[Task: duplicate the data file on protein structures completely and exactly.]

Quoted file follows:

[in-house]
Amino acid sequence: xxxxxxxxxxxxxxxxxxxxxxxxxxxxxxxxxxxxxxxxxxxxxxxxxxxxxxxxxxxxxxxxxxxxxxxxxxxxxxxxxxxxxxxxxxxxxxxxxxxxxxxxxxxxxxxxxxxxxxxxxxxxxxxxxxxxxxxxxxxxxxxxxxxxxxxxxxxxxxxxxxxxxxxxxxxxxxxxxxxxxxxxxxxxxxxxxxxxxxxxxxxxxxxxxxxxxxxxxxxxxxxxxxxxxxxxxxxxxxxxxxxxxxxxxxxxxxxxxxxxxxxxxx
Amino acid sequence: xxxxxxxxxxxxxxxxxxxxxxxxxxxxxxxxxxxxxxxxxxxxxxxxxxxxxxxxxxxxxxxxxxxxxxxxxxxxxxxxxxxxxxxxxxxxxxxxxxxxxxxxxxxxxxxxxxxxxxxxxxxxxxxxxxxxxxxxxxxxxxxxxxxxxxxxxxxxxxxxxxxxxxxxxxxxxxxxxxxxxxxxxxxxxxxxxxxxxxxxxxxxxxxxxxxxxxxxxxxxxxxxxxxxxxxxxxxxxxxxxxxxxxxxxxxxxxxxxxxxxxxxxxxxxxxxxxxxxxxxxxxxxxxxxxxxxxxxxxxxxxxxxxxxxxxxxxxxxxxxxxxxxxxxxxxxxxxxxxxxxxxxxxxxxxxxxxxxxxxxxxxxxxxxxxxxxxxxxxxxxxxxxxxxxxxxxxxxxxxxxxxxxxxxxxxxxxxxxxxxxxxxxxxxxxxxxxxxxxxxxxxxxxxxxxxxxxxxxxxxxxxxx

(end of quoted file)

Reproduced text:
[in-house]
Amino acid sequence: xxxxxxxxxxxxxxxxxxxxxxxxxxxxxxxxxxxxxxxxxxxxxxxxxxxxxxxxxxxxxxxxxxxxxxxxxxxxxxxxxxxxxxxxxxxxxxxxxxxxxxxxxxxxxxxxxxxxxxxxxxxxxxxxxxxxxxxxxxxxxxxxxxxxxxxxxxxxxxxxxxxxxxxxxxxxxxxxxxxxxxxxxxxxxxxxxxxxxxxxxxxxxxxxxxxxxxxxxxxxxxxxxxxxxxxxxxxxxxxxxxxxxxxxxxxxxxxxxxxxxxxxxx
Amino acid sequence: xxxxxxxxxxxxxxxxxxxxxxxxxxxxxxxxxxxxxxxxxxxxxxxxxxxxxxxxxxxxxxxxxxxxxxxxxxxxxxxxxxxxxxxxxxxxxxxxxxxxxxxxxxxxxxxxxxxxxxxxxxxxxxxxxxxxxxxxxxxxxxxxxxxxxxxxxxxxxxxxxxxxxxxxxxxxxxxxxxxxxxxxxxxxxxxxxxxxxxxxxxxxxxxxxxxxxxxxxxxxxxxxxxxxxxxxxxxxxxxxxxxxxxxxxxxxxxxxxxxxxxxxxxxxxxxxxxxxxxxxxxxxxxxxxxxxxxxxxxxxxxxxxxxxxxxxxxxxxxxxxxxxxxxxxxxxxxxxxxxxxxxxxxxxxxxxxxxxxxxxxxxxxxxxxxxxxxxxxxxxxxxxxxxxxxxxxxxxxxxxxxxxxxxxxxxxxxxxxxxxxxxxxxxxxxxxxxxxxxxxxxxxxxxxxxxxxxxxxxxxxxxxx